There are those people that know exactly what they want to do with their lives from the time they’re very young. They never lose focus of that goal. Once they reach it, you’ll find them utterly happy and content.

For most of us, though, this doesn’t apply.

At first, we’re excited to just have a job that makes us the money we need to buy or do what we want. But that simple and straightforward goal often gets replaced with the wish for something more rewarding. Something that fills a much deeper need than merely having money.

Whether you’ve come to this point after years of unfulfilling work, or you’re a novice job seeker, the question of how to find work that is worthwhile may loom in front of you like a mountain.

So, how do you get started? How can you find a career that fits your interests, abilities, and dreams?

Five Steps to Find the Career That Fits YOU

To find a career that fits you best, you will have to know yourself. The better you understand who you are, the better the chances you’ll find a satisfying career.

  1. Figure out your values and motivation.

If your work conflicts with your values, it can greatly contribute to unhappiness. That’s because your values define our deepest held beliefs. So, what do you value? Adventure, independence, integrity, kindness, pleasure, power, or perhaps security?

Your values also play a role in what motivates you. What excites you?

A good salary, rewarding work, the impact your job will have, or the long-term benefits you may reap? Also, think about what type of work environment you thrive in. Do you work best alone or in a group?  Are you self-motivated or do you need a set structure?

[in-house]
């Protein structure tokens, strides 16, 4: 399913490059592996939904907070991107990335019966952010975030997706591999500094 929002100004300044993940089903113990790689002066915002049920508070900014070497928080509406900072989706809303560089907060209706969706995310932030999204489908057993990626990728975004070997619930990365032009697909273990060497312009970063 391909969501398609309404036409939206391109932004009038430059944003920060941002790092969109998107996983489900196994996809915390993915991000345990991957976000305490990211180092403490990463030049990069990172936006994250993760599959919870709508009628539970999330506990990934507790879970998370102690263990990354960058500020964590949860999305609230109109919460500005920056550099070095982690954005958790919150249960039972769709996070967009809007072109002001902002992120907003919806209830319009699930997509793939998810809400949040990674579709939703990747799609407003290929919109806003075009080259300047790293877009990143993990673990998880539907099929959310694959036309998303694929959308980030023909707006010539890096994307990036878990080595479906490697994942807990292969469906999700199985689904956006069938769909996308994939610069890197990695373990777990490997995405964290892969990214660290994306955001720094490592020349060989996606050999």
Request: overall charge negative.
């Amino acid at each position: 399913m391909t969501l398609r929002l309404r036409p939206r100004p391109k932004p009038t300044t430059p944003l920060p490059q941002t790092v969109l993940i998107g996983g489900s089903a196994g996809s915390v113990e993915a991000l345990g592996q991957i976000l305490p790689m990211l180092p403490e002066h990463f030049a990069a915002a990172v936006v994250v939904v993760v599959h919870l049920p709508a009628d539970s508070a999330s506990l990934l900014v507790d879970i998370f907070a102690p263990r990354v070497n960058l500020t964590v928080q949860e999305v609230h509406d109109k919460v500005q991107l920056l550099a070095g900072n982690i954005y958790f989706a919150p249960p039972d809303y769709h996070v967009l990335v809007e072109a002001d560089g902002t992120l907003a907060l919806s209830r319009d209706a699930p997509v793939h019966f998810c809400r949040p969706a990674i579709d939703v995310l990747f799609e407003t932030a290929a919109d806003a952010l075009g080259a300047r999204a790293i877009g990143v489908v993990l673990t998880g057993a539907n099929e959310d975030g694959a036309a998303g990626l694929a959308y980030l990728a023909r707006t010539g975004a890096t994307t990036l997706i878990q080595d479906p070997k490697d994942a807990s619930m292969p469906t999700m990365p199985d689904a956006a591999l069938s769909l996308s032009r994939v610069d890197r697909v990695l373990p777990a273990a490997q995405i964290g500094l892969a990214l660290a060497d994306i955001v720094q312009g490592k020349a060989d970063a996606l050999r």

1. Consider your interests and passions.

To have passion for your work isn’t a must, but it’s important if you want to find the right career. It helps you want to keep going.

So, how do you determine your interests and passions?

Think about what you do in your free time. What are your hobbies? Are you involved with religious, political, or social organizations? Which previous projects have you enjoyed working on the most? What kind of things pique your curiosity?

  1. Understand your abilities and skills.

Abilities are those things that you’re naturally good at, things that come relatively easy to you. Artistic, intellectual, mechanical, musical, or numerical abilities are just a few of the ones out there.

Skills are special abilities. You’ve often learned them somewhere and are able to improve them with practice. If you have trouble identifying your skills, look at your grades in school, positive feedback on performance evaluations, or ask trusted family members, colleagues, and peers.  What have you been recognized for?

4. Find advisors and support.

Collecting a group of people that can give you advice from various perspectives is a valuable resource. Pick individuals you trust and respect, have expertise in their field, and can be objective. When they share information, listen carefully and openly.

Look for support and advice from family members, friends, colleagues, as well as networking with others who are facing the same career fit challenges as you.

5. Create your personal professional identity.

Gather all your information and ideas and put them down in writing. It will help you tremendously in understanding yourself and, in turn, what direction to take with a career that fits you best.

If you think gathering information might be challenging, you might want to consider  taking career assessments that can provide a wealth of insight about yourself in a short amount of time. I provide numerous career assessments that help clients learn more about their values, motivations, skills, abilities, and interests.

Then, use what you’ve discovered about yourself to create your professional identity. Write down who you are (personal identity), what you want to accomplish and why (career goals), and how (career plan). Remember, look at your career as a marathon, not a sprint. It may be a long and winding road, but with preparation and patience, you can find a career worth having.

If you feel stuck on your personal identity, career goals or career plan, please contact me to learn how I might be able to help you.